Equipping Your Supply Chain for FSMA: Allocating Responsibilities under the FSMA Transportation Rule
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In the late 1980s, stories of garbage hauled in the same trucks regularly used to transport fruits and vegetables caused public outrage. Outbreaks of foodborne illnesses, including a salmonellosis outbreak that affected 224,000 consumers, have been attributed to contamination of transportation vehicles. Recently, a major U.S. foodservice distributor was penalized after its practice of storing seafood, milk and raw meat in unrefrigerated sheds was uncovered.
To mitigate the food safety risks associated with transportation practices, Congress passed the Sanitary Food Transportation Act of 2005 (“SFTA”) and again addressed food transportation practices in the Food Safety Modernization Act of 2011 (“FSMA”). Earlier this month, in one of the final rules issued to implement FSMA, the FDA released its final rule on Sanitary Transportation of Human and Animal Food (“FSMA Transportation Rule” or “Rule”). The final FSMA Transportation Rule reflects the FDA’s response to many of the industry’s concerns, in that the FDA refocused its efforts on transportation practices that cause food safety risk, rather than also addressing practices that might lead to quality defects or spoilage of food products.
Now is the time for food product manufacturers, processors, carriers, brokers, distribution centers, and others involved in food product and ingredient supply chains to determine what requirements apply to their business practices and to address how they will implement the FSMA Transportation Rule. After all, under the FSMA Transportation Rule, if transportation occurs under conditions that are not in compliance with the Rule, the food will likely be adulterated under the federal Food, Drug and Cosmetic Act. Responsible parties may be subject to fines and other liability. In addition, violations of the FSMA Transportation Rule may also support freight claims against carriers, or claims against other responsible parties in the supply chain alleging the negligence or other misconduct of a responsible party.
Businesses (other than small businesses) must comply with the Rule in 2017. Small businesses (those with fewer than 500 full time employees or carriers that are not also shippers and receivers with less than $27.5 million in annual receipts) must comply with the Rule in 2018. Given the need to establish written procedures and update supply chain contracts, those affected by the Rule cannot afford to wait to begin implementing changes.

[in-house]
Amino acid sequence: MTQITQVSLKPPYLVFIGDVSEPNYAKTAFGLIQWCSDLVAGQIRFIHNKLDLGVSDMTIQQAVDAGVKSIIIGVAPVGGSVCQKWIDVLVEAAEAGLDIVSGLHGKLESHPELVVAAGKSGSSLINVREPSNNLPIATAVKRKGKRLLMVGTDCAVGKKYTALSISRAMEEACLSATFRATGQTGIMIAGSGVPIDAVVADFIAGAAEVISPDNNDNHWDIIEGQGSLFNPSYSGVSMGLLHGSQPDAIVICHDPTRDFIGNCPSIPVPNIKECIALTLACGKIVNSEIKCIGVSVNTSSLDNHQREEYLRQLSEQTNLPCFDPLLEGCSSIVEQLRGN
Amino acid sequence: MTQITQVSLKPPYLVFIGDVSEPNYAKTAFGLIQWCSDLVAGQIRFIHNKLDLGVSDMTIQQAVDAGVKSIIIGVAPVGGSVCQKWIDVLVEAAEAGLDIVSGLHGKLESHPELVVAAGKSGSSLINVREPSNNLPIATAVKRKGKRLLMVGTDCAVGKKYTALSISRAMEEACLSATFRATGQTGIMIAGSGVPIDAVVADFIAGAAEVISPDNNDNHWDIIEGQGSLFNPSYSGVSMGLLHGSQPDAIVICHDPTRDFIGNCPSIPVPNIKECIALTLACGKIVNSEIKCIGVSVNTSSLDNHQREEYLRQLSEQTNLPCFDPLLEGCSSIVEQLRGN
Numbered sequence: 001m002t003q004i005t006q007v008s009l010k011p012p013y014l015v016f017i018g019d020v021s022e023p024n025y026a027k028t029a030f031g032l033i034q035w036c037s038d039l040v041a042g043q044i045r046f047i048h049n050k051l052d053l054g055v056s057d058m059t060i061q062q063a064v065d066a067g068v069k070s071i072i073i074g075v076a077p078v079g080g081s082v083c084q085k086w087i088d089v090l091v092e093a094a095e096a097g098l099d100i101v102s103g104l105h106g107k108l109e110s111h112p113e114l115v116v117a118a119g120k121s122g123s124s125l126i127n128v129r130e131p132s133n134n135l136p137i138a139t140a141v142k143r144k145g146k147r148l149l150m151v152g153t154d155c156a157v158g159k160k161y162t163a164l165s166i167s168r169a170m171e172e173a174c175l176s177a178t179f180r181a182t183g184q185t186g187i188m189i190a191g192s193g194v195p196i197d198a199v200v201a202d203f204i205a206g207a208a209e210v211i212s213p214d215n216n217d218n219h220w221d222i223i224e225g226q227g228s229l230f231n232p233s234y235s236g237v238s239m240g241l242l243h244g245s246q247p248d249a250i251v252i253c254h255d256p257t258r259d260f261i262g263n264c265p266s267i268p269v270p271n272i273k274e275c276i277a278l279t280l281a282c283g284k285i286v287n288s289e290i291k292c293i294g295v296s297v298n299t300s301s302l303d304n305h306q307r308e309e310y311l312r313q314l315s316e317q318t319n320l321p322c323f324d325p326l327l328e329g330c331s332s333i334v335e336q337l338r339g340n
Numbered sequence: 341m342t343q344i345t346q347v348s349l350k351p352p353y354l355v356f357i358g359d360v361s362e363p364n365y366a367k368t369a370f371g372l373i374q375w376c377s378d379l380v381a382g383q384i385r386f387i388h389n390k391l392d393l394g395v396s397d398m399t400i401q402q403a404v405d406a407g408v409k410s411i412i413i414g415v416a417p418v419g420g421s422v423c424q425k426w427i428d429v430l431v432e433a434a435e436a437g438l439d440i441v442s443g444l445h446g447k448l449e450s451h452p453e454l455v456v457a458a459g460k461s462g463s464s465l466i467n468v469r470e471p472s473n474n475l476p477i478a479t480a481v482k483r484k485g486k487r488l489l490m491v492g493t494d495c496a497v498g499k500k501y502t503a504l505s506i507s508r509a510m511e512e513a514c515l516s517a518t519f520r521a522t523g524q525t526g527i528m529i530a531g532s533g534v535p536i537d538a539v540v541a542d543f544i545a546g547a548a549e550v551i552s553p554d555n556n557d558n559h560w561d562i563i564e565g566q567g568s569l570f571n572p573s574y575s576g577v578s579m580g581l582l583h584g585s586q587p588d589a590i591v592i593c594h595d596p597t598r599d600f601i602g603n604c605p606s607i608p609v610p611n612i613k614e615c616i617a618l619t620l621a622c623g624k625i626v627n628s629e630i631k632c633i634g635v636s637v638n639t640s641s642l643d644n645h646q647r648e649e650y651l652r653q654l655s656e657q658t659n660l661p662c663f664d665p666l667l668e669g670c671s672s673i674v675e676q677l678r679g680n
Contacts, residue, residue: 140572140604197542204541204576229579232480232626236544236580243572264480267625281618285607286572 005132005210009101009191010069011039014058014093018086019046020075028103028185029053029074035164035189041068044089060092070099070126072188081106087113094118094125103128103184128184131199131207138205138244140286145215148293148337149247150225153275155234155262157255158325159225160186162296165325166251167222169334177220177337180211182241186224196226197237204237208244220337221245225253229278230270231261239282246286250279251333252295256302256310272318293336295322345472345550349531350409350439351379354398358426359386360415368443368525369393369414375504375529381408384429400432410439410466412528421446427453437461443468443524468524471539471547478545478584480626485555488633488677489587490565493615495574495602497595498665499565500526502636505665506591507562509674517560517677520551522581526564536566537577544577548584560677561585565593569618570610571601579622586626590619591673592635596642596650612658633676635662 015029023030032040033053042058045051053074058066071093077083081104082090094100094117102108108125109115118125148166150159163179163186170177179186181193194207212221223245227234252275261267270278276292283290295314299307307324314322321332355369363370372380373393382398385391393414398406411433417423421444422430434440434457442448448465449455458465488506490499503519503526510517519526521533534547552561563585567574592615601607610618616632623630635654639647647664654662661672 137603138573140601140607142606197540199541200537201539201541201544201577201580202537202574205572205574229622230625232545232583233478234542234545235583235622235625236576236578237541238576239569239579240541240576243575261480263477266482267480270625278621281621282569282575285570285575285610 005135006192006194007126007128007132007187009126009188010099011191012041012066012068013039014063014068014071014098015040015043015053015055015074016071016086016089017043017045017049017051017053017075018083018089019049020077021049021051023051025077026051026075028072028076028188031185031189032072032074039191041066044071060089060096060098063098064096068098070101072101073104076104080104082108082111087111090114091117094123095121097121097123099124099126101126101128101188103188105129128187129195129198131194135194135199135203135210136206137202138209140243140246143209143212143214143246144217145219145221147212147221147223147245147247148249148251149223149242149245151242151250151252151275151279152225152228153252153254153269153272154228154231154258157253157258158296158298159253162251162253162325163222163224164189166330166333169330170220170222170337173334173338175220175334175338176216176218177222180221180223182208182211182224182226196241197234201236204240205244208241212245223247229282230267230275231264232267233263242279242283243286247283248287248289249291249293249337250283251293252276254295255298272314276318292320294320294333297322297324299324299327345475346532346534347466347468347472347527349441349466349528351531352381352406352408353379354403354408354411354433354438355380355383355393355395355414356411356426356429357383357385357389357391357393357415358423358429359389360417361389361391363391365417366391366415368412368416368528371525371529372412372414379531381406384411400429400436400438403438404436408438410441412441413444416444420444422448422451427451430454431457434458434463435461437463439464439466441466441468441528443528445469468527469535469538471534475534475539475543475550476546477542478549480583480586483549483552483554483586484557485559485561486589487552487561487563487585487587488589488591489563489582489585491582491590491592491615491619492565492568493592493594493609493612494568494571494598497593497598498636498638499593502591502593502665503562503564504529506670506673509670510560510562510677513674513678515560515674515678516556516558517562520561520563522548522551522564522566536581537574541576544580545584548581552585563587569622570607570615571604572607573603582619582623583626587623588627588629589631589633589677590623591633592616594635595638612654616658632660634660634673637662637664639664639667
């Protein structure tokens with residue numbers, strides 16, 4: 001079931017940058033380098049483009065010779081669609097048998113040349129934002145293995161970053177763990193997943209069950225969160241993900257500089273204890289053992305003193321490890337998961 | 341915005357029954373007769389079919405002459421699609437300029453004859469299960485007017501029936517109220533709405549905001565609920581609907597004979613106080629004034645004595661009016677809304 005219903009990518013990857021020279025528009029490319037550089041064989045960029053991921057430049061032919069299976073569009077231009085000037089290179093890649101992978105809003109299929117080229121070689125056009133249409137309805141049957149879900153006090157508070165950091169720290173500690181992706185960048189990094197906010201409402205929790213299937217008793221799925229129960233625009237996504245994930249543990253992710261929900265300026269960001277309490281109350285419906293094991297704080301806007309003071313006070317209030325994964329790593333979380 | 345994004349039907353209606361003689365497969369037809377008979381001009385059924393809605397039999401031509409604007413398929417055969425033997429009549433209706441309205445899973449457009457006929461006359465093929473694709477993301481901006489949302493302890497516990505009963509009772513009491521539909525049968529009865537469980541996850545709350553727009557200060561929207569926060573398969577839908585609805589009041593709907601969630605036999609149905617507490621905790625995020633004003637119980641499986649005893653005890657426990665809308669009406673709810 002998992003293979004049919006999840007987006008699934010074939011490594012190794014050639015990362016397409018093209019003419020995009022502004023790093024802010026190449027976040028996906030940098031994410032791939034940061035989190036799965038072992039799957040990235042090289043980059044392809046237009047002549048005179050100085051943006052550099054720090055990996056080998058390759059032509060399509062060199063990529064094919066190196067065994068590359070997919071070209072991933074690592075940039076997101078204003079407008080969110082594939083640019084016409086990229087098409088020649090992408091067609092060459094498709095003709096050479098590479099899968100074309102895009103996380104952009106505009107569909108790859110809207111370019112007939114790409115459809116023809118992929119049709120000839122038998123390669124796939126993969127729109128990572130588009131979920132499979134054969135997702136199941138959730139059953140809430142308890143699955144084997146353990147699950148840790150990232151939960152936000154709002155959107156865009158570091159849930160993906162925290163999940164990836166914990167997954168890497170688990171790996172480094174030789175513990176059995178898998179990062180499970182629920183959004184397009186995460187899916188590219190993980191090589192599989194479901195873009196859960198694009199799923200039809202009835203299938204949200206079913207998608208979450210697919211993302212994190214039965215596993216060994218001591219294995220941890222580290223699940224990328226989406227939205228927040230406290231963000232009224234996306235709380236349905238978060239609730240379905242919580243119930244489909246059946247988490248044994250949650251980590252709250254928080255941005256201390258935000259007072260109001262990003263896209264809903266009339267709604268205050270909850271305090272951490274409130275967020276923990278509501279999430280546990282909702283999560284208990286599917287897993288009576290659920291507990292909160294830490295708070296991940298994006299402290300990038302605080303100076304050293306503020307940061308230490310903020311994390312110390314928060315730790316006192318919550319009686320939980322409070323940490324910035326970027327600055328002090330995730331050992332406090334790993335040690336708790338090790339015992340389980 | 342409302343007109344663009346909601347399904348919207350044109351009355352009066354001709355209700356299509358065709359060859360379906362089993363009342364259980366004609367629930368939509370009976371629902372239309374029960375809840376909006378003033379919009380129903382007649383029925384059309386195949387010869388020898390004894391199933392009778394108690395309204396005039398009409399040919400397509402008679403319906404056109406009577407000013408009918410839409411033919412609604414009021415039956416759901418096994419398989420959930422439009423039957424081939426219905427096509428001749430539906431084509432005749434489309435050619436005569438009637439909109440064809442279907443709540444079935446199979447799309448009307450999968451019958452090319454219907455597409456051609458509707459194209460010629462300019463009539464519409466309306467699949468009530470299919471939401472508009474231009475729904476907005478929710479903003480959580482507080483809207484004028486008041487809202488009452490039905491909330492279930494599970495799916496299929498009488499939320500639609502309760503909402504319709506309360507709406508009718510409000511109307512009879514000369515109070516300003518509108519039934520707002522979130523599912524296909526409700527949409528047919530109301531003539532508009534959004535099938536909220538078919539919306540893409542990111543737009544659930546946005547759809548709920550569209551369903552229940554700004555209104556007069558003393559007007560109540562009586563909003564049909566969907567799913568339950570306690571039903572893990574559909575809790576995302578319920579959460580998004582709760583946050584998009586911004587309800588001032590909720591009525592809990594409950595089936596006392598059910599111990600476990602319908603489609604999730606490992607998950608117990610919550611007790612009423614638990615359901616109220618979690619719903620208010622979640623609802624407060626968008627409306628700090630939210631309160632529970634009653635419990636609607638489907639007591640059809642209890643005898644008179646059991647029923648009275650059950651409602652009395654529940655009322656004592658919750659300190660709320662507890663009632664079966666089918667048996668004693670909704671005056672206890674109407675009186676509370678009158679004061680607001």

Many companies are likely to find that though current procedures may need to be incorporated into contracts or otherwise formalized, many of the Rule’s requirements are flexible enough to adapt to the food industry’s current strategies for ensuring food safety during transportation. But as recognized by the FDA, companies are likely to find that there are new responsibilities, and therefore new costs, such as those associated with training and recordkeeping.
What Activities are Covered?
Through the final Rule, the FDA has clarified the parties, operations, and products that are subject to the FSMA Transportation Rule. To fully understand the scope of what is covered by the FSMA Transportation Rule, interested parties should note which activities and products are or are not covered by the Rule.
Transportation operations are broadly defined under the FSMA Transportation Rule to include “all activities associated with food transportation that may affect the sanitary condition of food including cleaning, inspection, maintenance, loading and unloading, and operation of vehicles and transportation equipment.” All transportation operations subject to the Rule must be conducted under such conditions and controls necessary to prevent the food from becoming unsafe. Conditions and controls necessary to prevent the food from becoming unsafe include segregation, isolation, or other protective measures to protect food:
The following transportation operations are not covered by the FSMA Transportation Rule:
Except for the above express exceptions, the requirements of the Rule apply whether or not the food is being offered for or enters interstate commerce. That is, food that is being transported from one processing facility to another for further processing would still be covered by the Rule.
What Food Products are Covered?
The Rule applies to transportation operations of food not completely enclosed by a container, which means “any food that is placed into a container in such a manner that it is partially open to the surrounding environment,” such as in an open wooden basket or crate, an open or vented cardboard box, or a vented plastic bag. The Rule also applies to food shipped in bulk, which comes into direct contact with the vehicle. The Rule’s requirements extended to food additives (except for food contact substances) and generally recognized as safe (“GRAS”) substances.
Importantly, under the Rule, transportation operations do not include any activities associated with the transportation of food that is completely enclosed by a container unless that food requires temperature control for safety. The Rule further does not apply to transportation operations that include the transportation of compressed food gases or food contact substances (e.g., packaging materials). The FDA, noting that the temperature and time required for frozen food to become unsafe would result in significant quality issues before posing any safety risk, also stated that frozen food is not subject to the Rule.
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